Putin Lauds Ukraine's Gas Payments

APPrime Ministers Yulia Tymoshenko and Vladimir Putin getting ready to begin their talks in Moscow on Saturday.
Prime Minister Vladimir Putin on Saturday praised Ukraine for making timely payments for its gas supplies this year during new pricing talks and welcomed a pledge to host Russia's Black Sea Fleet until 2017.

"For the first time in many years, there is no debt on ongoing payments between Russian suppliers and Ukrainian energy consumers," Putin told a news conference after talks with Ukrainian Prime Minister Yulia Tymoshenko.

The comments came after Gazprom chief executive Alexei Miller said Friday that prices for Ukraine would most likely rise to more than $400 per 1,000 cubic meters, from $179.5 this year.

Putin blamed Central Asian producers Turkmenistan and Uzbekistan, whose fuel Gazprom supplies to Ukraine, for possible price increases. He said the gas price had become "excessively politicized" and that it was an "economic issue" that should be decided by the companies involved, not governments.

"We would like to move to the European price formation principles for Ukraine gradually, but you know the position of our partners in Central Asia, who want to raise prices from January 1 of next year," Putin said.

"We are in the process of negotiations. It is too early to talk about the outcome," Putin added.

Analysts are watching the Russian-Ukrainian gas talks because Gazprom supplies one-quarter of the European Union's gas needs mainly through the territory of Ukraine.

A pricing dispute in January 2006 led to major disruptions of Russian gas supplies to Europe for several days in the middle of winter.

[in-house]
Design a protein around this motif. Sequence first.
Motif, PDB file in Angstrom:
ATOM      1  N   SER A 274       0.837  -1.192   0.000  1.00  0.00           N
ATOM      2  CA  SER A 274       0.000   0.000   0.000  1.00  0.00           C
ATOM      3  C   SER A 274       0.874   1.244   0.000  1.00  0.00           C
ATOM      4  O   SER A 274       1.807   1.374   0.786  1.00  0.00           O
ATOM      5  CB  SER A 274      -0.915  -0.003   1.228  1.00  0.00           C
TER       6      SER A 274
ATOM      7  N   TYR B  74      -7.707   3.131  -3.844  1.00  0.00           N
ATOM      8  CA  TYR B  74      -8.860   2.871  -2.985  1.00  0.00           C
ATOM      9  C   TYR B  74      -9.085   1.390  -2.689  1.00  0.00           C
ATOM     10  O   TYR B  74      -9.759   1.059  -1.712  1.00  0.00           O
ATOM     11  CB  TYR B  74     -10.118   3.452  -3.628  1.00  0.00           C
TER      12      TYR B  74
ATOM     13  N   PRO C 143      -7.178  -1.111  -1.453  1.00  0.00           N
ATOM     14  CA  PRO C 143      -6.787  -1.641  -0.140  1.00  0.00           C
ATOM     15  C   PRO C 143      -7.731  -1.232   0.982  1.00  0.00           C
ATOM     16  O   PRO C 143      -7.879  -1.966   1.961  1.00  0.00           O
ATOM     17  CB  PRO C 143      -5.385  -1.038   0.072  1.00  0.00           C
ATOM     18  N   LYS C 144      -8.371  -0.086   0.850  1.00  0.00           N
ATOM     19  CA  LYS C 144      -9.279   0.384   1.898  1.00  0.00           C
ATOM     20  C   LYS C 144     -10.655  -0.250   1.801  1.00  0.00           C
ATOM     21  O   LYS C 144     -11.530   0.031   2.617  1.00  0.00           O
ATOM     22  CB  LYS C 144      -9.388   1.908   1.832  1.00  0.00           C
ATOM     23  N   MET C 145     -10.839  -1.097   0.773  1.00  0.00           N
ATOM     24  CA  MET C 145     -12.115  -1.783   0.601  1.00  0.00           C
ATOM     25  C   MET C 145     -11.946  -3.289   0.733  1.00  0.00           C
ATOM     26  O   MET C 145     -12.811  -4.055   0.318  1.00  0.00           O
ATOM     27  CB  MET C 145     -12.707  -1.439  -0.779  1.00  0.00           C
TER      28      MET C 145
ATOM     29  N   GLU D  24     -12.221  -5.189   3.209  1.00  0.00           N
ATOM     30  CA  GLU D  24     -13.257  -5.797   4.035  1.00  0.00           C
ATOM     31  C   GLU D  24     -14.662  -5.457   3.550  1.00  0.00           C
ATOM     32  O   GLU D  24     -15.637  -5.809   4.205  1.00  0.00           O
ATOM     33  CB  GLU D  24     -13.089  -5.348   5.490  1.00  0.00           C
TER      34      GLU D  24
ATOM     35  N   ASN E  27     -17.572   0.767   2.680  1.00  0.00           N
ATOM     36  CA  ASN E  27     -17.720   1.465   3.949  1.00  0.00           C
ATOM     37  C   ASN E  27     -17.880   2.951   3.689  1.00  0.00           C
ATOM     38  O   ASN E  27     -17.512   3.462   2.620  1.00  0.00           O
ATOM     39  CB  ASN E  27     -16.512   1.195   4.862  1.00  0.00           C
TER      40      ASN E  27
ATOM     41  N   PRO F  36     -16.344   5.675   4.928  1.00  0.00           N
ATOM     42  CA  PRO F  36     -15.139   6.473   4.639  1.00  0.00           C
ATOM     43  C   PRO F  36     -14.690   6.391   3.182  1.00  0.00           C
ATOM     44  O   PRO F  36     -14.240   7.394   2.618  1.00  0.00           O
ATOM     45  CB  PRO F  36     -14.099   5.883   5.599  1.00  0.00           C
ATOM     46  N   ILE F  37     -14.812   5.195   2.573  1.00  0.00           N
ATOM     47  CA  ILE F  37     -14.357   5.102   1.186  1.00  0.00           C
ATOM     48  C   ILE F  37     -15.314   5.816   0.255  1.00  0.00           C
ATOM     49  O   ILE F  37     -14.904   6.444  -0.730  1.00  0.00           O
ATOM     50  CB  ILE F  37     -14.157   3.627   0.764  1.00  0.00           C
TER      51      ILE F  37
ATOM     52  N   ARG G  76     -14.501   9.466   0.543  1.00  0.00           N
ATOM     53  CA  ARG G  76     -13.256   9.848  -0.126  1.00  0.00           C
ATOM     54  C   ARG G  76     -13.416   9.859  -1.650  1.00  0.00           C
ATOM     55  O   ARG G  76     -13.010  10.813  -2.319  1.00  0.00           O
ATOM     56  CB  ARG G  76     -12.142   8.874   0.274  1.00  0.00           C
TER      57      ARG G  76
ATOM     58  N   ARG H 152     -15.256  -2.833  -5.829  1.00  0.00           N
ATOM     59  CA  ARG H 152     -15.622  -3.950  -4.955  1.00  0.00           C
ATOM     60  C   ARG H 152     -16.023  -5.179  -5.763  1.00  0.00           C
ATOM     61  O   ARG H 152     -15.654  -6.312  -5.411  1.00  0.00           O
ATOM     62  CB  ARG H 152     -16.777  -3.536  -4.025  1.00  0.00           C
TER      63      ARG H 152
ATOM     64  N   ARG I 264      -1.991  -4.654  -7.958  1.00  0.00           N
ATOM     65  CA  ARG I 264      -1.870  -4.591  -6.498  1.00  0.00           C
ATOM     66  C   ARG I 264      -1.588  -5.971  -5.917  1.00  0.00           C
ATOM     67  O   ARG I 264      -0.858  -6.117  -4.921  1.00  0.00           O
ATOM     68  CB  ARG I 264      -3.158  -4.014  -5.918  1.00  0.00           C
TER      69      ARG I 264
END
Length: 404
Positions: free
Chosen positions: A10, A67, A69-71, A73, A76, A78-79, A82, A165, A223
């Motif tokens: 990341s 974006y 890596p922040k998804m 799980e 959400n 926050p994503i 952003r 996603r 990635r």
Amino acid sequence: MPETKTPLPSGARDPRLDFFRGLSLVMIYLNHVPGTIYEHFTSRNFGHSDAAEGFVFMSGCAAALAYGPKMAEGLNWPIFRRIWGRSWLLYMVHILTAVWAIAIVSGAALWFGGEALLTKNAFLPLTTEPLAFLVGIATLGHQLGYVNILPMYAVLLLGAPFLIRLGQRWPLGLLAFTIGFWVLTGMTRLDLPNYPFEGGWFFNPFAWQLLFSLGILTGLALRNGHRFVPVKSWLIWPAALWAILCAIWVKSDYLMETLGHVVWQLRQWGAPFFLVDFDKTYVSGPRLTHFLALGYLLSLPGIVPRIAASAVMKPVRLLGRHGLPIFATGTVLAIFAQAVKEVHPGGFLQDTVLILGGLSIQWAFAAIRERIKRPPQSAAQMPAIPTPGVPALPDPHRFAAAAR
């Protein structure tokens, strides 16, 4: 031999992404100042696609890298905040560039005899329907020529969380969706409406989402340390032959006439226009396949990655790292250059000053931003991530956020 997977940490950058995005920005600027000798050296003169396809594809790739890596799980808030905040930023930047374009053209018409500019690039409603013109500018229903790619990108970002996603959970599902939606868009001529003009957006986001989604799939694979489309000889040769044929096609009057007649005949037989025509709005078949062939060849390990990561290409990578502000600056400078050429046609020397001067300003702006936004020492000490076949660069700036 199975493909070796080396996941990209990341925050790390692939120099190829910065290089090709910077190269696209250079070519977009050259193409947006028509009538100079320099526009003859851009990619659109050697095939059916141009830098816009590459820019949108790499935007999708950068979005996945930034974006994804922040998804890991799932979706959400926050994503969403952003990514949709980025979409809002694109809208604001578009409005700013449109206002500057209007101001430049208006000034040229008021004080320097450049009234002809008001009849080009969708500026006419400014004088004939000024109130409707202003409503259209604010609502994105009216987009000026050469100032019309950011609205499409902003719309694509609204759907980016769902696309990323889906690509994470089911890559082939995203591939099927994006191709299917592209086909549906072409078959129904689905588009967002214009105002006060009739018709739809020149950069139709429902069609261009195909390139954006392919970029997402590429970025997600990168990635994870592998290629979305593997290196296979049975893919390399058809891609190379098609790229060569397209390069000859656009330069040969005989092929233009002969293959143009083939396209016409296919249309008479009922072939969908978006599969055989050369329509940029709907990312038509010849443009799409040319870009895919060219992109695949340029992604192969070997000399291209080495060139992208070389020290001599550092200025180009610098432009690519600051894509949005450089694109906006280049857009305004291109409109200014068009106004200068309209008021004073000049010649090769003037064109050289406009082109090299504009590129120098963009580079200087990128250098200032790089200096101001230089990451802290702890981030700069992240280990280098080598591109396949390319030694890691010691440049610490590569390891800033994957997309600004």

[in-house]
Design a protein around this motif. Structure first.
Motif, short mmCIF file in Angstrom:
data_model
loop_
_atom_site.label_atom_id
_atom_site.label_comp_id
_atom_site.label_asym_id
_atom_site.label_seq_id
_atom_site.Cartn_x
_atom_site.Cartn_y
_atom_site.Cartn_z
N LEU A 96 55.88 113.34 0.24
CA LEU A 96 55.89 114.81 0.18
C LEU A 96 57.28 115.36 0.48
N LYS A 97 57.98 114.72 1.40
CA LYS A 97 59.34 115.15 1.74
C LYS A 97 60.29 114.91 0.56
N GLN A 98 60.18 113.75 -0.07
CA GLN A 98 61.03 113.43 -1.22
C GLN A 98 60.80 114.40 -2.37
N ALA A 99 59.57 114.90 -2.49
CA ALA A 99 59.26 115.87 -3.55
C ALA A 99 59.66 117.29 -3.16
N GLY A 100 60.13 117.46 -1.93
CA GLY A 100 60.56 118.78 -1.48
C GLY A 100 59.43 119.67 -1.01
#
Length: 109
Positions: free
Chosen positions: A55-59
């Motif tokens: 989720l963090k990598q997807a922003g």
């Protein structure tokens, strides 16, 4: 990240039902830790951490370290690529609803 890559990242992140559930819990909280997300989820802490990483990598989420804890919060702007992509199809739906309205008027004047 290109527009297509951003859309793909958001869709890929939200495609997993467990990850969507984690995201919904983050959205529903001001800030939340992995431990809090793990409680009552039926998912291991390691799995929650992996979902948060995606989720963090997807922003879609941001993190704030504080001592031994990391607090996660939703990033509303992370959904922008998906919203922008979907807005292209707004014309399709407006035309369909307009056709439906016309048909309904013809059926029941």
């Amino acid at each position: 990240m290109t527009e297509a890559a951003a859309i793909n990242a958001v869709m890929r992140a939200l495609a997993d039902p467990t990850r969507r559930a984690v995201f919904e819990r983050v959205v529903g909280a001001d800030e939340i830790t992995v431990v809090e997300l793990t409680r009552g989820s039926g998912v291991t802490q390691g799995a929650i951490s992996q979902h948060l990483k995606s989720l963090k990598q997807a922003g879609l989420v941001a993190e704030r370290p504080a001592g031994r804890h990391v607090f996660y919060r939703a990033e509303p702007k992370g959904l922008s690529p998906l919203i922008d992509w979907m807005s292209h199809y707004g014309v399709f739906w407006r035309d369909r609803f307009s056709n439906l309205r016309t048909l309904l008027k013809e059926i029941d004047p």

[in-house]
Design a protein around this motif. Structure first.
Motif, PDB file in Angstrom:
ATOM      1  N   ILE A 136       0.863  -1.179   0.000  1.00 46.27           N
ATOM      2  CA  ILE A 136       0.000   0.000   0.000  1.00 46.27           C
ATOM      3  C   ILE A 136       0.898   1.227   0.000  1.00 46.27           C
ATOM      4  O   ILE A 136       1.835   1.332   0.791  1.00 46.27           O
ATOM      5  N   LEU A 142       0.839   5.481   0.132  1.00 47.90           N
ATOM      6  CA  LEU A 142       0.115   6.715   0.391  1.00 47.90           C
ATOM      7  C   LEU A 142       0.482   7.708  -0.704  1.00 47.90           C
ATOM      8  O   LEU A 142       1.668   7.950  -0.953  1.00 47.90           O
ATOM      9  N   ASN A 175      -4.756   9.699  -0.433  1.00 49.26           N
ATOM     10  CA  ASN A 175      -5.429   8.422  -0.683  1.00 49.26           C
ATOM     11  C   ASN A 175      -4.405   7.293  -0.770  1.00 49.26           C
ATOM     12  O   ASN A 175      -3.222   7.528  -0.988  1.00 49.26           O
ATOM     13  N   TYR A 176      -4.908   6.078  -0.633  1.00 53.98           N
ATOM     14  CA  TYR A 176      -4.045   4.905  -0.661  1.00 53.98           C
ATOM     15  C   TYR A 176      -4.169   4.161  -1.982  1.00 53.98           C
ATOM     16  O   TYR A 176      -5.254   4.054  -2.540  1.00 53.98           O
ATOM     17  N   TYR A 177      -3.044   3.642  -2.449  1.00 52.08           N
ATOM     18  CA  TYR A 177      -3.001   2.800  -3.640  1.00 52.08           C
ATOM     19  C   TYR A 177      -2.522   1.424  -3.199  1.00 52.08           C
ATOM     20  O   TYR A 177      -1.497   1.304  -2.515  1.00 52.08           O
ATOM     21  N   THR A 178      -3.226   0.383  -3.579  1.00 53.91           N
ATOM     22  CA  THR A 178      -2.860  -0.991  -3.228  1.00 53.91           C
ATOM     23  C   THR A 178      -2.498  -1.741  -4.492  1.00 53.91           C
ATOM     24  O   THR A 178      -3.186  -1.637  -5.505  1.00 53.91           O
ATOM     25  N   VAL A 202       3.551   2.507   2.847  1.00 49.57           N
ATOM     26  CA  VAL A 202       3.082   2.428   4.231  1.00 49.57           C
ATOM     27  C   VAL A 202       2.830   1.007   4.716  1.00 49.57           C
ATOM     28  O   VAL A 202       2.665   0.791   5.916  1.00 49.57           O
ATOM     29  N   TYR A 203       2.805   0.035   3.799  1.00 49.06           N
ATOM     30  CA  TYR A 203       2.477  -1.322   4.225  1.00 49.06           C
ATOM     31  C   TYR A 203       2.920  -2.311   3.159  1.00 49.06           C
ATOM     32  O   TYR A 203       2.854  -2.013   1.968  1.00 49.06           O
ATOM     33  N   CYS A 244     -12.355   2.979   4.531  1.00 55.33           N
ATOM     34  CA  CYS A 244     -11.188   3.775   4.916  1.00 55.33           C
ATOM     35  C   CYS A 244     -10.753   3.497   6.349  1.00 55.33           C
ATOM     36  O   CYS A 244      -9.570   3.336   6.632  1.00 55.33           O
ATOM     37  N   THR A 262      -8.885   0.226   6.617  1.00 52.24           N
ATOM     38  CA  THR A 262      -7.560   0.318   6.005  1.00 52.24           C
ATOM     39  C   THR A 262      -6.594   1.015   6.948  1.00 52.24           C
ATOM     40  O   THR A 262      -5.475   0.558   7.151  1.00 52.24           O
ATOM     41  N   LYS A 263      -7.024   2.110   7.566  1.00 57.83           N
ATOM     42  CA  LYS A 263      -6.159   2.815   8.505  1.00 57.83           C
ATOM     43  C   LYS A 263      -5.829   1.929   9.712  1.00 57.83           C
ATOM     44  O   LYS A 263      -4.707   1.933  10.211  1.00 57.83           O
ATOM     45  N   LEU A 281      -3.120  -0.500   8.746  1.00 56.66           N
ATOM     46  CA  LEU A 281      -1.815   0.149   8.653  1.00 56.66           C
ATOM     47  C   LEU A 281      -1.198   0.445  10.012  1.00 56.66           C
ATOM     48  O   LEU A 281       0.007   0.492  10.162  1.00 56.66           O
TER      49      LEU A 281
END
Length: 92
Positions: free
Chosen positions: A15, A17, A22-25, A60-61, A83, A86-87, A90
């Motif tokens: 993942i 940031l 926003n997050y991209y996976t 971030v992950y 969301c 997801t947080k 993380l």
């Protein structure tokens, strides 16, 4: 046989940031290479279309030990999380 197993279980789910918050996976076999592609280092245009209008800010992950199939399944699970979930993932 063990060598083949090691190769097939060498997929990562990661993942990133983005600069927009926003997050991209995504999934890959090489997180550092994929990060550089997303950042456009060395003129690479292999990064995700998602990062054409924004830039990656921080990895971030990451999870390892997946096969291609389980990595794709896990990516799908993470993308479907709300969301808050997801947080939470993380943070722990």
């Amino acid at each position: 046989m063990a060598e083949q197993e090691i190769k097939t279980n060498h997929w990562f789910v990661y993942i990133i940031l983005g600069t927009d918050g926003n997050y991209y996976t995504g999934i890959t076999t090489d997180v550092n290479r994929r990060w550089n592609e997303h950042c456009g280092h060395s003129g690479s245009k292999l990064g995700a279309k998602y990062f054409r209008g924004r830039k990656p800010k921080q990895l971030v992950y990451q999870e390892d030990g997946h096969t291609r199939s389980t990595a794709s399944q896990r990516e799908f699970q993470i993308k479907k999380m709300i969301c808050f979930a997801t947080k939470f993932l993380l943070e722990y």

Tymoshenko said Ukraine would stick to an agreement to host Russia's Black Sea Fleet until 2017, despite its bid to join NATO, and will not take any unilateral action to push Russia from the naval base earlier.

Ukrainian President Viktor Yushchenko in May ordered his government to prepare a bill formally ending Russia's presence in the naval base in Sevastopol, on the Crimean Peninsula, in 2017.

"We have an agreement until 2017 and this agreement will be observed as Ukraine's other international agreements, very accurately and without any deviations," Tymoshenko told the news conference.

Under the current lease deal, the deployment of the Black Sea Fleet in Ukraine could be prolonged by another five years if both sides agree. Russia pays Ukraine about $100 million in rent a year.

"I would like to thank Ms. Tymoshenko for these words. Any unilateral action in this issue we consider destructive," Putin said. He said Moscow might reduce its military cooperation with Ukraine if it joins NATO.

Ukraine has a major arms and electronics industry inherited from the Soviet era, which relies on contracts with Russia's military and space agencies. The industry remains state-owned and poorly adjusted to business-oriented relations with the West.

"When it comes to security-sensitive technologies ... such production will be moved to the territory of the Russian Federation despite costs," Putin said, referring mainly to Ukrainian-made engines in its cruise missiles.

Putin said Ukraine would have to invest heavily into retrofitting its arms industry for production of weapons according to the Western alliance's standards.